The Fugitive Economic Offenders Act is often in the news because of the many high-profile economic offenders such as Vijay Mallya, Nirav Modi, etc. leaving the country to avoid prosecution. This is an important legislation for the UPSC exam, since it is related to current affairs also. In this article, you can read all about the Fugitive Economic Offenders (FEO) Act, 2018.
Fugitive Economic Offenders Act, 2018 [FEO Act]
The Fugitive Economic Offenders Act was passed by the Lok Sabha and the Rajya Sabha in 2018 and it received presidential assent the same year. The chief intent behind the enactment of this law is to bring fugitive economic offenders to book. Many such offenders evade facing the judicial process in India by leaving the country and staying outside the jurisdiction of the courts in India. Since most such crimes deal with the non-payment of loans, this has weakened the Indian economy and the authorities felt the need to enforce this law so that such offenders staying overseas are not able to circumvent the Indian judicial system.
Who is a Fugitive Economic Offender?
Under the FEO Act, a person can be declared a fugitive economic offender (FEO) upon the satisfaction of two conditions:
- An arrest warrant has been issued against the person for any Scheduled Offences where the value involved is over Rs 100 crore, and
- He/she has left the country and refuses to return to face prosecution.
How is an individual declared an FEO?
- In order to declare an individual a ‘fugitive economic offender’, an application should be filed in a Special Court designated under the Prevention of Money-Laundering Act, 2002.
- The application should contain details of the properties to be confiscated and any details about the person’s whereabouts.
- Then, the Special Court would issue a notice asking the individual to be present at a prescribed place at least six weeks from the date of notice.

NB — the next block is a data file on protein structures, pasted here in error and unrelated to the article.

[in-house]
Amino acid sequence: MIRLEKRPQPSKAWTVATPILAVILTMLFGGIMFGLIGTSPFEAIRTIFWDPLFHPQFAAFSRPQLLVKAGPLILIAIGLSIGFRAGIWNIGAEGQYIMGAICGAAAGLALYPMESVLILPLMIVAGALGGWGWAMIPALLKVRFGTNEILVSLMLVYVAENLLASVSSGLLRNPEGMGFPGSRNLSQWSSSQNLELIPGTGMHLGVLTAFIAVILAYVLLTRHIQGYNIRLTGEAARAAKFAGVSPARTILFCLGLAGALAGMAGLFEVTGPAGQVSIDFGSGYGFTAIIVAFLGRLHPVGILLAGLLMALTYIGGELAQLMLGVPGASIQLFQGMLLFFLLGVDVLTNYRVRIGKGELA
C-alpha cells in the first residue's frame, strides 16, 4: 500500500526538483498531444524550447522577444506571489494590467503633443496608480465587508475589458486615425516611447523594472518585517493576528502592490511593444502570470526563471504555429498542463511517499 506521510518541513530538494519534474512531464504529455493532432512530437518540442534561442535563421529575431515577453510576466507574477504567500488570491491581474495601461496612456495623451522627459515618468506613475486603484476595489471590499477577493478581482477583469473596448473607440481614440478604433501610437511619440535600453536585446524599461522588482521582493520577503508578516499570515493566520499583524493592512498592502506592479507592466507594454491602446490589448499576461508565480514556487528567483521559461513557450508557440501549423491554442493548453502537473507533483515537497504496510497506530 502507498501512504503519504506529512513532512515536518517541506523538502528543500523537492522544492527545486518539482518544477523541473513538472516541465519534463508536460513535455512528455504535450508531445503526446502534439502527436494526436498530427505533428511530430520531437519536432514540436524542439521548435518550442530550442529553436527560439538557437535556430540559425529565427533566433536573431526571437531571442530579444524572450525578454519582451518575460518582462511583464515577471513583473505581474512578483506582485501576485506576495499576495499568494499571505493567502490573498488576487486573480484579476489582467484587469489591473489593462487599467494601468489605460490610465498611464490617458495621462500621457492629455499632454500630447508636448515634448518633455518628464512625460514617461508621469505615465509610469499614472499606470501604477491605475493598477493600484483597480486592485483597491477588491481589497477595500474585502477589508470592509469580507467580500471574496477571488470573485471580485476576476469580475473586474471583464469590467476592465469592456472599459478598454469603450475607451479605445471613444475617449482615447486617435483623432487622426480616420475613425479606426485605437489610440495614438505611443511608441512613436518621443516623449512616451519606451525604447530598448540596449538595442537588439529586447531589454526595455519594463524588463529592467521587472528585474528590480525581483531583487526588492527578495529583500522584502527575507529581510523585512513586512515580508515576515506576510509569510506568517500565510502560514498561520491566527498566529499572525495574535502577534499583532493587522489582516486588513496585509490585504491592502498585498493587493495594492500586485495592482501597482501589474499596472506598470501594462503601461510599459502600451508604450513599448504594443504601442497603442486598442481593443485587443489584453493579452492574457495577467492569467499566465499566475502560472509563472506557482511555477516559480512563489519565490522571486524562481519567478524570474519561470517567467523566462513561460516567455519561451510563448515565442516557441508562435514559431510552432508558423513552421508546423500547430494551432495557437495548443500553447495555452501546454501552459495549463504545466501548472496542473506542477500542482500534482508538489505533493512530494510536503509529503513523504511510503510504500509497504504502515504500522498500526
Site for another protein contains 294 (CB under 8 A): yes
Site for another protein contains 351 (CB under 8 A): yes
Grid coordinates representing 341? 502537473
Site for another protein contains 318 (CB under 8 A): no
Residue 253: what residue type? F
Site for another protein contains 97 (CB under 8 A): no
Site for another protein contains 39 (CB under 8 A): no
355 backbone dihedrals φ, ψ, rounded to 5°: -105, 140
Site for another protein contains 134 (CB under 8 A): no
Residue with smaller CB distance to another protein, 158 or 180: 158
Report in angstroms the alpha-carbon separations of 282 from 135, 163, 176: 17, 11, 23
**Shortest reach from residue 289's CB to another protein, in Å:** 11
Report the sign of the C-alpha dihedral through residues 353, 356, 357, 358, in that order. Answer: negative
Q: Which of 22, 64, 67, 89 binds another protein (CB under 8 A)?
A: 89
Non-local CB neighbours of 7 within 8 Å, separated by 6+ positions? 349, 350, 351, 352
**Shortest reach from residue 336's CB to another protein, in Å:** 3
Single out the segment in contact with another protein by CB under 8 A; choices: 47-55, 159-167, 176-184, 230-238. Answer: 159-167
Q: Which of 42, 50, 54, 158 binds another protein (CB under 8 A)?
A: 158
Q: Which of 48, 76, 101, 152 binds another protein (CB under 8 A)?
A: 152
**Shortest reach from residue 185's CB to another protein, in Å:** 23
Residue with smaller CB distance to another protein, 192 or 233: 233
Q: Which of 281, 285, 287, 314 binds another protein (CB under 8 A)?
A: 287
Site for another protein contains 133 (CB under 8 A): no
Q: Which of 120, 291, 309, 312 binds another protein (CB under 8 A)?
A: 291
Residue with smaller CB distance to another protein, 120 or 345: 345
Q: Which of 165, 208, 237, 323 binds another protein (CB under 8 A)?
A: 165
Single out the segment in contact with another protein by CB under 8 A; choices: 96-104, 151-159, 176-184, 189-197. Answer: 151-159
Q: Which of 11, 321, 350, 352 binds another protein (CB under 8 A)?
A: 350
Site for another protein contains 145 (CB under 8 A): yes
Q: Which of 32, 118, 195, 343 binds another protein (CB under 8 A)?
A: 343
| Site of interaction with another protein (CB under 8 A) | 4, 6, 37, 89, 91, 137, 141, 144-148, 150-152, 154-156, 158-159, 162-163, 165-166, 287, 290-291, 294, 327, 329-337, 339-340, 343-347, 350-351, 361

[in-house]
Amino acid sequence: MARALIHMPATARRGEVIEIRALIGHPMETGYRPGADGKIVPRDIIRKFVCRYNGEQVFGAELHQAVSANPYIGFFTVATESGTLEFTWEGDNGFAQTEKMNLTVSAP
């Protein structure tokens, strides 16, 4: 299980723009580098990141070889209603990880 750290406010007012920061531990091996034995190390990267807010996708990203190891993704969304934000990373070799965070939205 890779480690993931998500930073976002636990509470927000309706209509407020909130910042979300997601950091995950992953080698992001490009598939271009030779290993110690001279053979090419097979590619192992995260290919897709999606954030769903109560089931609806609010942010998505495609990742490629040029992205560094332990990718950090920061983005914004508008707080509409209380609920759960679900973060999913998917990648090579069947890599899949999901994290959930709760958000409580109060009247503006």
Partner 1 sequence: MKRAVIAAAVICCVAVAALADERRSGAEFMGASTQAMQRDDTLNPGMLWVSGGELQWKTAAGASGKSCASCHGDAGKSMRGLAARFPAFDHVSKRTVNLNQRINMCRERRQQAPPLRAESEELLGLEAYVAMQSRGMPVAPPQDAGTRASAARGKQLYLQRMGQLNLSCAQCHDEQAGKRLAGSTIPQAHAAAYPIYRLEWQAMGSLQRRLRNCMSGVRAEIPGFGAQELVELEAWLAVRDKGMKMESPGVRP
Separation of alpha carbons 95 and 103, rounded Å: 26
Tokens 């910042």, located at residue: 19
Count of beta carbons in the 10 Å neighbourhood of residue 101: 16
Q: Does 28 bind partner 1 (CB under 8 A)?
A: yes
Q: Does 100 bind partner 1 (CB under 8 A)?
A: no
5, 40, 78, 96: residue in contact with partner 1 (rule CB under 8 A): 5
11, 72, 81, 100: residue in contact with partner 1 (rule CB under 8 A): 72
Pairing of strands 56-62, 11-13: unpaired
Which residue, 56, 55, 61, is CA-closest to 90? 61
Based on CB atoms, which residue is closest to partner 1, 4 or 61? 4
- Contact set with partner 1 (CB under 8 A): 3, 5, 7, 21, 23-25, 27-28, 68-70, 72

- If the person presents himself/herself, the proceedings would be dropped.
- The Act allows designated authorities to provisionally attach properties of an accused, while the application is pending before the Special Court.
When a person is declared an FEO, his properties may be confiscated and vested in the Central Government, free of encumbrances (rights and claims in the property). Also, the person declared an FEO or any company associated with him can also be barred from filing or defending any civil claims.
Requisites for filing an application for an individual to be declared an FEO:
- Reasons to believe that a person is an FEO;
- Any information available about the person’s whereabouts;
- A list of properties or the value of such properties believed to be the proceeds of crime, including any such property outside India for which confiscation is sought;
- A list of properties or benami property owned by the individual in India or abroad for which confiscation is sought; and
- A list of persons who may have an interest in any of the properties listed under (3) and (4).
For a list of important acts in India, click the linked article.
Economic offences relate to counterfeiting, fraud, money laundering, tax evasion and others. The other laws in the country which handled such offences include:
- Prevention of Money-Laundering Act – prohibits money laundering.
- Benami Properties Transactions Act, 1988 – bans benami transactions.
- Companies Act, 2013 – punishes fraud and unlawful acceptance of deposits.
- Indian Penal Code, 1860 – covers various crimes such as cheating, forgery, counterfeiting, etc.
- Code of Criminal Procedure, 1973
Fugitive Economic Offenders Act Concerns
There are a few concerns associated with the FEO Act, 2018. They are discussed below.
- The Act allows a court or tribunal to bar the FEO or any company associated with him from filing or defending civil claims. This might go against the Right to Life under the Constitution’s Article 21 which also encompasses the right to access justice as per some interpretations.
- The Act allows the central government to confiscate the properties of an FEO. There are also exemptions allowed to certain properties wherein there are persons with an interest in such properties like secured creditors. But, the Act does not specify if the central government will share the sale proceeds of properties with other claimants who do not have such an interest like unsecured creditors.
- The Act empowers the authorities to conduct a search without a warrant and without the presence of a witness. These safeguards are present in the other laws to prevent harassment and abuse of power like planting of evidence, etc. Such safeguards should ideally be present in a law.
- Upon a person being declared an FEO, his/her property can be confiscated. This is different from the other laws like the Criminal Procedure Code, 1973 where confiscation is final two years after the person is proclaimed absconder.
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